United States Agency for International Development
World Health Organization
National Institute of Child Health and Human Development
Funding for revised IFLS1 data (IFLS1-RR) and documentation
The Household Survey Sampling Procedure
The household survey component of the 1993 IFLS was designed to collect contemporaneous and retrospective information on a wide array of family life topics for a representative sample of the Indonesian population. In IFLS1 it was determined to be too costly to interview all household members, so a sampling scheme was used to randomly select several members within a household to provide detailed individual information. IFLS1 conducted detailed interviews with the following household members:
- the household head and his/her spouse
- two randomly selected children of the head and spouse age 0 to 14
- an individual age 50 or older and his/her spouse, randomly selected from remaining members, and
- for a randomly selected 25% of the households, an individual age 15 to 49 and his/her spouse, randomly selected from remaining members.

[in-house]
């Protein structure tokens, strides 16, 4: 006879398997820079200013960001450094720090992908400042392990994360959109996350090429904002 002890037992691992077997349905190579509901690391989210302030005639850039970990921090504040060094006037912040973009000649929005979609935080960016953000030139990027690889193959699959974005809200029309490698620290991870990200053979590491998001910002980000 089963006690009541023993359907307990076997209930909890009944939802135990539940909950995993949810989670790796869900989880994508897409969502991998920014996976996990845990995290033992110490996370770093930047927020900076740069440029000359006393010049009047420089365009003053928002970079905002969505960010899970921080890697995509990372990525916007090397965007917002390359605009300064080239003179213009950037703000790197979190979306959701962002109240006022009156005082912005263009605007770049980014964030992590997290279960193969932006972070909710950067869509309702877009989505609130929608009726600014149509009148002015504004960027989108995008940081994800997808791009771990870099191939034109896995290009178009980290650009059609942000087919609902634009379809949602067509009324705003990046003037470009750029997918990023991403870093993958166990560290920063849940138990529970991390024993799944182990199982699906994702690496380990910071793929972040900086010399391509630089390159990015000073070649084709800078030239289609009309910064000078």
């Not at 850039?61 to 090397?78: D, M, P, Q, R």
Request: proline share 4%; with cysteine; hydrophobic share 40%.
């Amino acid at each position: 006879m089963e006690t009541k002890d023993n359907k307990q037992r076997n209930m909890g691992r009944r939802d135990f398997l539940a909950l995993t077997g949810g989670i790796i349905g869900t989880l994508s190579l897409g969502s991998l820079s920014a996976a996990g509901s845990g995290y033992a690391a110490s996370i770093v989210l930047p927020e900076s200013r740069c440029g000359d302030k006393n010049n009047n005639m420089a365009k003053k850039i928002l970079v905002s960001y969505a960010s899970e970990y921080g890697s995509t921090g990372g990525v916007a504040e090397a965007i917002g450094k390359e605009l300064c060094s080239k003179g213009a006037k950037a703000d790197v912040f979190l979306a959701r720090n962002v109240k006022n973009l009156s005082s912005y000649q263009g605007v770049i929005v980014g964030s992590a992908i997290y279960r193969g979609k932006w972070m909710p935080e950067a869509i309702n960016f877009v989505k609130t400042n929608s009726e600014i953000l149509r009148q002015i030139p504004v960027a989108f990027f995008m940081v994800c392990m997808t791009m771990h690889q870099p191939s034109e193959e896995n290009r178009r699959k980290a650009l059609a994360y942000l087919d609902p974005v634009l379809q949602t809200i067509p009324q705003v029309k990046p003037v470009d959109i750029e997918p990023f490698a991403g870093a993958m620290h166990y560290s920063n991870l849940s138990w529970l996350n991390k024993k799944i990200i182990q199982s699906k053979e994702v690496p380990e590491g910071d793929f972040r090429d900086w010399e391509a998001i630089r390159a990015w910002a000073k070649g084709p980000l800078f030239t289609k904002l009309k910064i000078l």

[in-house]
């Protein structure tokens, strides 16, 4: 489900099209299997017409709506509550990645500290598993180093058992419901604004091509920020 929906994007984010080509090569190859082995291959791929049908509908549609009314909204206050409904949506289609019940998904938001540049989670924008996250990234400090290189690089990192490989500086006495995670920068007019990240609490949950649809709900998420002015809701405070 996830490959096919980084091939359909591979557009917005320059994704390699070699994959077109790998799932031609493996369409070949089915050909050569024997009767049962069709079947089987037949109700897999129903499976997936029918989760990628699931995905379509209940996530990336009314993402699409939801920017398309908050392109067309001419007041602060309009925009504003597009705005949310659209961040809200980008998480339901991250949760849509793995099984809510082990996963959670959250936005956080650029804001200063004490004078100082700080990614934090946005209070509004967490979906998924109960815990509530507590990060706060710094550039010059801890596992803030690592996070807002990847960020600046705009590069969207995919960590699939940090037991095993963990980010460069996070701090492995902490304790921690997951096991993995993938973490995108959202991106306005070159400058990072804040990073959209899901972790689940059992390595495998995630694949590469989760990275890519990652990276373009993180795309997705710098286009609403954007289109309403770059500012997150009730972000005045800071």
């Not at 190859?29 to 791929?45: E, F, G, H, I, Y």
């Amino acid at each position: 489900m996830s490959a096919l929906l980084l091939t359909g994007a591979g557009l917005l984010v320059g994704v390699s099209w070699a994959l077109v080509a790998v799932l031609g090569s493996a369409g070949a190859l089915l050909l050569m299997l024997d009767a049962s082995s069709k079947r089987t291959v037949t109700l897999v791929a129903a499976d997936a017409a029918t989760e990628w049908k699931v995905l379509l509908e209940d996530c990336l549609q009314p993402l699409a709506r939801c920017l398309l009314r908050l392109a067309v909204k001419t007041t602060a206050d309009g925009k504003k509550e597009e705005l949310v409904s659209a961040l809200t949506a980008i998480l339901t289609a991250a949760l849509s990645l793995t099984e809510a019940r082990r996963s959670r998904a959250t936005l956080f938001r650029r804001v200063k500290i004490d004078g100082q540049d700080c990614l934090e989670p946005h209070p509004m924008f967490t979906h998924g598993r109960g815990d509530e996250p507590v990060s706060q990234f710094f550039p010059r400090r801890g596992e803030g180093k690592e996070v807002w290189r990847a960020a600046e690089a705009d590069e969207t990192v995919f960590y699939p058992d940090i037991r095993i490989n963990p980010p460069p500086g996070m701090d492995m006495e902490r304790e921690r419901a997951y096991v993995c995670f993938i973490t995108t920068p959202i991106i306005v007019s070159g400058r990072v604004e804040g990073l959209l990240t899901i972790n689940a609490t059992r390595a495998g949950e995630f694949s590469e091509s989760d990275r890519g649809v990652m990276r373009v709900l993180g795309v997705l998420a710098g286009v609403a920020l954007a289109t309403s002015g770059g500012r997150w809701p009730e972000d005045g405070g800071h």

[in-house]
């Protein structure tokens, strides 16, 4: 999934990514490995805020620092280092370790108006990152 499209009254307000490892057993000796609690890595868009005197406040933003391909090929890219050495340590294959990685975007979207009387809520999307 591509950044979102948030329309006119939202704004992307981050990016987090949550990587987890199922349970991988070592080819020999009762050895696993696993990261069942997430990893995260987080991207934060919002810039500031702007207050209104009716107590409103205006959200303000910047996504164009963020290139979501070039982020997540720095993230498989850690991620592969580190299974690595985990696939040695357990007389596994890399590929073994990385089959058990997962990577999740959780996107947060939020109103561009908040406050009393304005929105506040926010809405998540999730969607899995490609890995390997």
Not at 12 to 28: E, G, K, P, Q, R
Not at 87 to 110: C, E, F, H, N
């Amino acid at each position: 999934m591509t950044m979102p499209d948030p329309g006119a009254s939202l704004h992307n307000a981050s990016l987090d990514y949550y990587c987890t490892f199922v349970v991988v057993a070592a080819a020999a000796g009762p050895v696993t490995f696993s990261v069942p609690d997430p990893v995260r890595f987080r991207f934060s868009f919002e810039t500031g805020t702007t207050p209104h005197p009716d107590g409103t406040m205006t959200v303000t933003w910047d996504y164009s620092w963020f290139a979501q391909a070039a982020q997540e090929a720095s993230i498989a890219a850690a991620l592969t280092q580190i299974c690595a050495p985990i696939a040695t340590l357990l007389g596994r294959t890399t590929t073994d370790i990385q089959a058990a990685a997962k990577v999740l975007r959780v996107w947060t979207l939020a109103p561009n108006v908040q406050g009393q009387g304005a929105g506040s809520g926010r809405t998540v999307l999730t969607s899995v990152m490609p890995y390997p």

The IFLS sampling scheme stratified on provinces, then randomly sampled within provinces. Provinces were selected to maximize representation of the population, capture the cultural and socioeconomic diversity of Indonesia, and be cost effective given the size and terrain of the country. The far eastern provinces of East Nusa Tenggara, East Timor, Maluku and Irian Jaya were readily excluded due to the high costs of preparing for and conducting fieldwork in these more remote provinces. Aceh, Sumatra's most northern province, was deleted out of concern for the area's political violence and the potential risk to interviewers. Finally, due to their relatively higher survey costs, we omitted three provinces on each of the major islands of Sumatra (Riau, Jambi, and Bengkulu), Kalimantan (West, Central, East), and Sulawesi (North, Central, Southeast). The resulting sample consists of 13 of Indonesia's 27 provinces: four on Sumatra (North Sumatra, West Sumatra, South Sumatra, and Lampung), all five of the Javanese provinces (DKI Jakarta, West Java, Central Java, DI Yogyakarta, and East Java), and four provinces covering the remaining major island groups (Bali, West Nusa Tenggara, South Kalimantan, and South Sulawesi). The resulting sample represents 83 percent of the Indonesian population. (see Figure 1.1 of the Overview and Field Report in External Documents). Table 2.1 of the same document shows the distribution of Indonesia's population across the 27 provinces, highlighting the 13 provinces included in the IFLS sample.